Ethnobotanical medicine is effective against the bacterium causing Lyme disease

A preclinical study in test tubes showed that selected plant-based herbal medicines, especially Ghanaian quinine and Japanese knotweed, work better than antibiotics

FRONTIERS

Lyme disease, also called borreliosis, is the most common vector-borne disease in the Northern hemisphere. It is caused by the spirochete (corkscrew-shaped) bacterium Borrelia burgdorferi and close relatives and mainly spread through the bite of infected ticks.

Currently, more than 300,000 new cases are reported in the USA each year, compared to 65,000 in Europe, and these numbers are rising due to climate change and urban sprawl. The standard of care for Lyme disease, a course of antibiotics over 2-4 weeks, is not always effective: at least 10-20% of treated patients continue to experience symptoms after treatment. Late-stage Lyme patients may experience many different symptoms, including fatigue, joint pains, memory problems, facial paralysis, aches, stiffness in the neck, heart palpitations, and severe headaches. The discovery of novel treatments against Lyme disease is therefore of great interest.

In a new study published in Frontiers in Medicine, researchers from the Johns Hopkins Bloomberg School of Public Health, with colleagues at the California Center for Functional Medicine and Focus Health, surveyed the power of 14 plant-based extracts to kill Borrelia burgdorferi, compared to the currently used Lyme antibiotics doxycycline and cefuroxime.

The researchers tested these extracts’ effectiveness in vitro (outside of a living organism) against the free-swimming “planktonic” form of the bacterium as well as against microcolonies. Microcolonies are aggregates of bacteria, the first stage in the development of biofilms – structured bacterial communities that stick to a surface and are embedded in a slimy extracellular matrix.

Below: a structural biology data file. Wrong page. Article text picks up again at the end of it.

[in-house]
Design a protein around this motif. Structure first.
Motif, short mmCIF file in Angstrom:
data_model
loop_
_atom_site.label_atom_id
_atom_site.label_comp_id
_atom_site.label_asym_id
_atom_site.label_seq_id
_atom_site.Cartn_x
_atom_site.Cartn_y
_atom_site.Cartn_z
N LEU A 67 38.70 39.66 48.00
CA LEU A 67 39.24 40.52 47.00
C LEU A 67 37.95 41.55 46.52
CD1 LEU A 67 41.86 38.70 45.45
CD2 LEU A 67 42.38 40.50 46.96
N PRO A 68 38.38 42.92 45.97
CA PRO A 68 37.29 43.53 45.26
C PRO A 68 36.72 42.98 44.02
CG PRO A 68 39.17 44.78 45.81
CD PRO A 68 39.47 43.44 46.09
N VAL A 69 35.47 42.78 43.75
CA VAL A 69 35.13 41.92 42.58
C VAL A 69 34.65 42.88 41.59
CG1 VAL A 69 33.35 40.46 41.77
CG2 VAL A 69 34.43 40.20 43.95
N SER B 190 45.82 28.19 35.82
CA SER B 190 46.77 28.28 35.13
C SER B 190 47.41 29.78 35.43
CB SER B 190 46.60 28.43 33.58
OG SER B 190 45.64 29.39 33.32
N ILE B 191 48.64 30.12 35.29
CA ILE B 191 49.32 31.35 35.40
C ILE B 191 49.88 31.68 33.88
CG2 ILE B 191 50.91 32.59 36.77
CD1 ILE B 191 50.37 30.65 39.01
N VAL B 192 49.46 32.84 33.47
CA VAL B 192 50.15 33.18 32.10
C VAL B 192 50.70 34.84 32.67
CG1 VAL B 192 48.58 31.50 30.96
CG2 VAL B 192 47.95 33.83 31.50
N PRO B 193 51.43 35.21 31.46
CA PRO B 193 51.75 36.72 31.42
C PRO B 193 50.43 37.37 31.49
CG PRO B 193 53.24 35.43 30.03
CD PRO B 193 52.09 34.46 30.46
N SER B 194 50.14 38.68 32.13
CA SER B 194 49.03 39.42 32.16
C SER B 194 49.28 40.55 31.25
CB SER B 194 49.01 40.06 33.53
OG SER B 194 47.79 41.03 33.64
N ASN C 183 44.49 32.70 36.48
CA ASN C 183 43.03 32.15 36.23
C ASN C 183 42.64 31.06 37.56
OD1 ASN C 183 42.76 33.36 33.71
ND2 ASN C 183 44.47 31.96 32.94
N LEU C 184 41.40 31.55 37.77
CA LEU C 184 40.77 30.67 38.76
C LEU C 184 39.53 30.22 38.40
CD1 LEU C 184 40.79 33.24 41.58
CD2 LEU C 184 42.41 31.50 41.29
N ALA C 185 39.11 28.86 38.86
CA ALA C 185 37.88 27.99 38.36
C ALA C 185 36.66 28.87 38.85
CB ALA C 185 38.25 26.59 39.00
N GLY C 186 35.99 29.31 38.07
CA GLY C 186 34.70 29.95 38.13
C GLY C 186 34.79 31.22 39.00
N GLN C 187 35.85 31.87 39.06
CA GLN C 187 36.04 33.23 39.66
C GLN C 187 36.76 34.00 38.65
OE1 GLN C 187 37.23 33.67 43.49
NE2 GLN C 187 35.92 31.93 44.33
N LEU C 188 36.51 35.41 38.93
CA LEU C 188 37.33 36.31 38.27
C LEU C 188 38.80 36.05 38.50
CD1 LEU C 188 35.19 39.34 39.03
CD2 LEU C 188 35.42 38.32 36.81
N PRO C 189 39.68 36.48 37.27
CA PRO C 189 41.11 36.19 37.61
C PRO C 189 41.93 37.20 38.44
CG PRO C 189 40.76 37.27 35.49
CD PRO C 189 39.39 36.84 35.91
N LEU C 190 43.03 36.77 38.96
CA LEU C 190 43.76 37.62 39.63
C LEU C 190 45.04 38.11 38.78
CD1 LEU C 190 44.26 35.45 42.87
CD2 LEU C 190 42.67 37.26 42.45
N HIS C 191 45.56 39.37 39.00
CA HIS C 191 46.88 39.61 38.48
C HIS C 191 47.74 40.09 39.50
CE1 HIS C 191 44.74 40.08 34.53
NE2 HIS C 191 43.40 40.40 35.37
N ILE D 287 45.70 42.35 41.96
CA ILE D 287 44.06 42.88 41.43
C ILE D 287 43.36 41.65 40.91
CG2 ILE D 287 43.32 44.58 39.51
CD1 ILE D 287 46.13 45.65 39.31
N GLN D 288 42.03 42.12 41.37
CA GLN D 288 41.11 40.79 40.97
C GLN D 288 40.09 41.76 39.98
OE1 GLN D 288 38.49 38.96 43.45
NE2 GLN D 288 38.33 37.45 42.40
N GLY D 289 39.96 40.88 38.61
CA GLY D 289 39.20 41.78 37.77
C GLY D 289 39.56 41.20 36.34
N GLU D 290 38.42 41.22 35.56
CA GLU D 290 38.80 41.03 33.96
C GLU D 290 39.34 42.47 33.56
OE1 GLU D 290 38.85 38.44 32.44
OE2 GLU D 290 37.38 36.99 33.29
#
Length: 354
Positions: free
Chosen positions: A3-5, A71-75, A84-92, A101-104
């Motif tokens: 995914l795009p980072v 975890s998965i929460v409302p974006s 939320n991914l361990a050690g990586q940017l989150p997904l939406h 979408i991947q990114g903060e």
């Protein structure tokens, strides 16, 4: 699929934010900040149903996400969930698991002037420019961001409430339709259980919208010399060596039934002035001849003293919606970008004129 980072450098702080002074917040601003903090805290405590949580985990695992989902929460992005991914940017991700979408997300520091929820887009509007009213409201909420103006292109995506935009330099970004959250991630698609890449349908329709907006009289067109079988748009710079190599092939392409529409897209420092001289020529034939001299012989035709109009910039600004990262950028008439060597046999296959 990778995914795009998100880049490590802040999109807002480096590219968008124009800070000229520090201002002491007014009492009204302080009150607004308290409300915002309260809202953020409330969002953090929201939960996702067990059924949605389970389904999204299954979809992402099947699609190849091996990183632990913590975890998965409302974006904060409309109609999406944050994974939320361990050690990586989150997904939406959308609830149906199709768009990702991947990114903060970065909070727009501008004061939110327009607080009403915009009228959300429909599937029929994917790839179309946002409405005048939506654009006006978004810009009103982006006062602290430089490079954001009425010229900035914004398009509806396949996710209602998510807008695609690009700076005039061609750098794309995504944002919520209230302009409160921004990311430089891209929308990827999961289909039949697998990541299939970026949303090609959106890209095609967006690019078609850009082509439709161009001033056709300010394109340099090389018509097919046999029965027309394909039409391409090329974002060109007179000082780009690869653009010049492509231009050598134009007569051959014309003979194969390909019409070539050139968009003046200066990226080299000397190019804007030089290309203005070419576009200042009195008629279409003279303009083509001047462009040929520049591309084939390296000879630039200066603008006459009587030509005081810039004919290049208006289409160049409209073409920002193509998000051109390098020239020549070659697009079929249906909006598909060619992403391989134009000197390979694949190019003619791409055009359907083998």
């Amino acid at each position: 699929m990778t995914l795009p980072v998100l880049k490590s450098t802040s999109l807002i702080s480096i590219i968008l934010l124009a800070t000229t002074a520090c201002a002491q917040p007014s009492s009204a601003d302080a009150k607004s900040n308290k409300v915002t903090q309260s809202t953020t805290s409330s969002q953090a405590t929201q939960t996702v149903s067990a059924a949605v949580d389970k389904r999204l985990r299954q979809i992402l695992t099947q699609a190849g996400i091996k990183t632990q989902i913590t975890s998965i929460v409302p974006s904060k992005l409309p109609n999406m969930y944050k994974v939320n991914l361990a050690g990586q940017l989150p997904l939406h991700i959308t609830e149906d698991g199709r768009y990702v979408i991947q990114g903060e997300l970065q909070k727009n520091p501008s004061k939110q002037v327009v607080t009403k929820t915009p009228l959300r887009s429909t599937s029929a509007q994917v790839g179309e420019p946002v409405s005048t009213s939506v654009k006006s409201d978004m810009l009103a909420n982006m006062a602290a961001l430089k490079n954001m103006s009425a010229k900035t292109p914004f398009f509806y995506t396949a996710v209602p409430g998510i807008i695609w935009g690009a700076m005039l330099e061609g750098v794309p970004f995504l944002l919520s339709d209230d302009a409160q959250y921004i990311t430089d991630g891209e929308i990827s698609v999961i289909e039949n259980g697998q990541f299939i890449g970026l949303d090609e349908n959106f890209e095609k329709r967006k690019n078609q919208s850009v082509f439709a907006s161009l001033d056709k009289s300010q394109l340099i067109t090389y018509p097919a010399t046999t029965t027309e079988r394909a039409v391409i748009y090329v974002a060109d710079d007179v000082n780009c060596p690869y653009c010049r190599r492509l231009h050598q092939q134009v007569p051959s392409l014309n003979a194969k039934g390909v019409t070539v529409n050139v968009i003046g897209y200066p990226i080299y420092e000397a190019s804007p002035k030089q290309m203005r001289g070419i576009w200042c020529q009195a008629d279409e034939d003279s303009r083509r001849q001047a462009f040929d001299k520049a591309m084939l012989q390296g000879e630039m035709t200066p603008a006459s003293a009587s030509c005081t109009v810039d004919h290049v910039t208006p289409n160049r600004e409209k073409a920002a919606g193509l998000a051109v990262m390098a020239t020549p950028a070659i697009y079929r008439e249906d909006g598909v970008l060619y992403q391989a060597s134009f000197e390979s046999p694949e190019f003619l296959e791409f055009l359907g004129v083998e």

The researchers show that plant extracts from black walnut, cat’s claw, sweet wormwood, Mediterranean rockrose, and Chinese skullcap had strong activity against B. burgdorferi, outperforming both tested antibiotics.

But by far the strongest performers were Ghanaian quinine (Cryptolepis sanguinolenta; also known as yellow-dye root, nibima, or kadze) and Japanese knotweed (Polygonum cuspidatum).

Ghanaian quinine is a shrub from West Africa containing the antimicrobial alkaloid cryptolepine, and is used in ethnomedicine to treat malaria, hepatitis, septicemia, and tuberculosis. Japanese knotweed is a traditional medicine in India and China that contains the polyphenol resveratrol. In other preclinical studies it has been found to have anti-tumor and anti-inflammatory effects and protect the nervous system and heart. Extracts from both plants were found to kill microcolonies of Borrelia burgdorferi and inhibit division of the planktonic form, even at low concentrations (0.03-0.5%). Remarkably, a single 7-day treatment with 1% Ghanaian quinine could completely eradicate the bacterium – it did not regrow, even under optimal conditions in the drug’s absence.

“This study provides the first convincing evidence that some of the herbs used by patients such as Cryptolepis, black walnut, sweet wormwood, cat’s claw, and Japanese knotweed have potent activity against Lyme disease bacteria, especially the dormant persister forms, which are not killed by the current Lyme antibiotics,” says Dr Ying Zhang from the Johns Hopkins Bloomberg School of Public Health.

“These findings are exciting as they offer opportunities for improved treatment of persistent Lyme disease, which is not helped by the current standard treatment. We are interested in further evaluating these potent herbal medicines through animal studies as well as clinical trials.”

However, not all tested compounds or herbs yielded positive results against the bacterium. Extracts of grapefruit seeds, green chiretta, ashwagandha, candy leaf (also known as stevia), fuller’s teasel, and Japanese teasel had little or no effect, and neither did the chemicals colloidal silver, monoglyceride monolaurin, or antimicrobial peptide LL37 from human immune cells. This was surprising, as anecdotal and preclinical studies suggested that they might be effective, and they are often used in the community of Lyme disease practitioners and patients.

“Many thousands of Lyme patients today, especially those with later-stage symptoms who have not been effectively treated, are in great need of efficacious, accessible treatment options,” says Dr Sunjya K. Schweig, CEO and co-Director of the California Center for Functional Medicine and Scientific Advisory Board Member of the Bay Area Lyme Foundation.

NEWS RELEASE 20-FEB-2020

The fat around your arteries may actually keep them healthy

MICHIGAN STATE UNIVERSITY

EAST LANSING, Mich. – A Michigan State University researcher is adding new evidence to the argument that the fat around our arteries may play an important role in keeping those blood vessels healthy.